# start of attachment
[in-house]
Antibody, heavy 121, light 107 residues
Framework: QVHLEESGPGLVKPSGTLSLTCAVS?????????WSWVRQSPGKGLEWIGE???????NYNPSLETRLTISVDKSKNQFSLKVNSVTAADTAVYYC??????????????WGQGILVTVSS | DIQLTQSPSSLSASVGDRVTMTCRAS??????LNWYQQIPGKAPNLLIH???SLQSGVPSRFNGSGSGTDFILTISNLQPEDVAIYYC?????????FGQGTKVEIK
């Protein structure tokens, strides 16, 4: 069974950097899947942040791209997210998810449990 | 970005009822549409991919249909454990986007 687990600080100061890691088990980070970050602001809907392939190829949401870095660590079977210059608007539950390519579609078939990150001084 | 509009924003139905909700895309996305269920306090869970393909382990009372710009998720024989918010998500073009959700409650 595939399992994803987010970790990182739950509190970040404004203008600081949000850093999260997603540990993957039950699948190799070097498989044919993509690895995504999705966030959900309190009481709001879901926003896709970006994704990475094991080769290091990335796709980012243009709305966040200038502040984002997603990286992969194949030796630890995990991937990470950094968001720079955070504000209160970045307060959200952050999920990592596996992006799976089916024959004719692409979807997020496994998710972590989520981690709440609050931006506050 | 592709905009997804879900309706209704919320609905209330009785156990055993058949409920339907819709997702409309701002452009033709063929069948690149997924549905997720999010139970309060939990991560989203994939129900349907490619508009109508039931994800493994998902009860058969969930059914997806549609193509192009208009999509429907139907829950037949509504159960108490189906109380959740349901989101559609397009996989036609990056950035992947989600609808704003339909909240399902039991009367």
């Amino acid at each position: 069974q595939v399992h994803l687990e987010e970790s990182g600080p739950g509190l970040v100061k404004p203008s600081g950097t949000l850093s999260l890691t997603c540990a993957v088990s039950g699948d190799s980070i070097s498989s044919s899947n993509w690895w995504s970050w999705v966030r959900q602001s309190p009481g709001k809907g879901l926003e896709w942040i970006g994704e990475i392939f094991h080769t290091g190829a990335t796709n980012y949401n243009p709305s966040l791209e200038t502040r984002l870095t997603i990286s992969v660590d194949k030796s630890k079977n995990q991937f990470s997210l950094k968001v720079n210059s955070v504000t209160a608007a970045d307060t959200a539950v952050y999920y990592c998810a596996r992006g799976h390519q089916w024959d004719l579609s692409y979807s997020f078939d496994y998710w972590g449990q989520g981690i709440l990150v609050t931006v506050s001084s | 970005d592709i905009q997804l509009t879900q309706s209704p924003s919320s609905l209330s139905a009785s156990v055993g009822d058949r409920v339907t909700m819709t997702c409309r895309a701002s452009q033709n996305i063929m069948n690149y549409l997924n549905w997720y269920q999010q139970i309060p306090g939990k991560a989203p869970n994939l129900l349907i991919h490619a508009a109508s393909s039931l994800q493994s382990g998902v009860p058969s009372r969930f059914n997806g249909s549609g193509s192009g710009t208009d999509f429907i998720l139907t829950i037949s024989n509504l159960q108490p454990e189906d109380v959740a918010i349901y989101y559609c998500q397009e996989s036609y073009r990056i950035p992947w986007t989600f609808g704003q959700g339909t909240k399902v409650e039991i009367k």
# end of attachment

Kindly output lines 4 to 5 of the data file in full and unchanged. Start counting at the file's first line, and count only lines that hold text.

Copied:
């Protein structure tokens, strides 16, 4: 069974950097899947942040791209997210998810449990 | 970005009822549409991919249909454990986007 687990600080100061890691088990980070970050602001809907392939190829949401870095660590079977210059608007539950390519579609078939990150001084 | 509009924003139905909700895309996305269920306090869970393909382990009372710009998720024989918010998500073009959700409650 595939399992994803987010970790990182739950509190970040404004203008600081949000850093999260997603540990993957039950699948190799070097498989044919993509690895995504999705966030959900309190009481709001879901926003896709970006994704990475094991080769290091990335796709980012243009709305966040200038502040984002997603990286992969194949030796630890995990991937990470950094968001720079955070504000209160970045307060959200952050999920990592596996992006799976089916024959004719692409979807997020496994998710972590989520981690709440609050931006506050 | 592709905009997804879900309706209704919320609905209330009785156990055993058949409920339907819709997702409309701002452009033709063929069948690149997924549905997720999010139970309060939990991560989203994939129900349907490619508009109508039931994800493994998902009860058969969930059914997806549609193509192009208009999509429907139907829950037949509504159960108490189906109380959740349901989101559609397009996989036609990056950035992947989600609808704003339909909240399902039991009367």
């Amino acid at each position: 069974q595939v399992h994803l687990e987010e970790s990182g600080p739950g509190l970040v100061k404004p203008s600081g950097t949000l850093s999260l890691t997603c540990a993957v088990s039950g699948d190799s980070i070097s498989s044919s899947n993509w690895w995504s970050w999705v966030r959900q602001s309190p009481g709001k809907g879901l926003e896709w942040i970006g994704e990475i392939f094991h080769t290091g190829a990335t796709n980012y949401n243009p709305s966040l791209e200038t502040r984002l870095t997603i990286s992969v660590d194949k030796s630890k079977n995990q991937f990470s997210l950094k968001v720079n210059s955070v504000t209160a608007a970045d307060t959200a539950v952050y999920y990592c998810a596996r992006g799976h390519q089916w024959d004719l579609s692409y979807s997020f078939d496994y998710w972590g449990q989520g981690i709440l990150v609050t931006v506050s001084s | 970005d592709i905009q997804l509009t879900q309706s209704p924003s919320s609905l209330s139905a009785s156990v055993g009822d058949r409920v339907t909700m819709t997702c409309r895309a701002s452009q033709n996305i063929m069948n690149y549409l997924n549905w997720y269920q999010q139970i309060p306090g939990k991560a989203p869970n994939l129900l349907i991919h490619a508009a109508s393909s039931l994800q493994s382990g998902v009860p058969s009372r969930f059914n997806g249909s549609g193509s192009g710009t208009d999509f429907i998720l139907t829950i037949s024989n509504l159960q108490p454990e189906d109380v959740a918010i349901y989101y559609c998500q397009e996989s036609y073009r990056i950035p992947w986007t989600f609808g704003q959700g339909t909240k399902v409650e039991i009367k």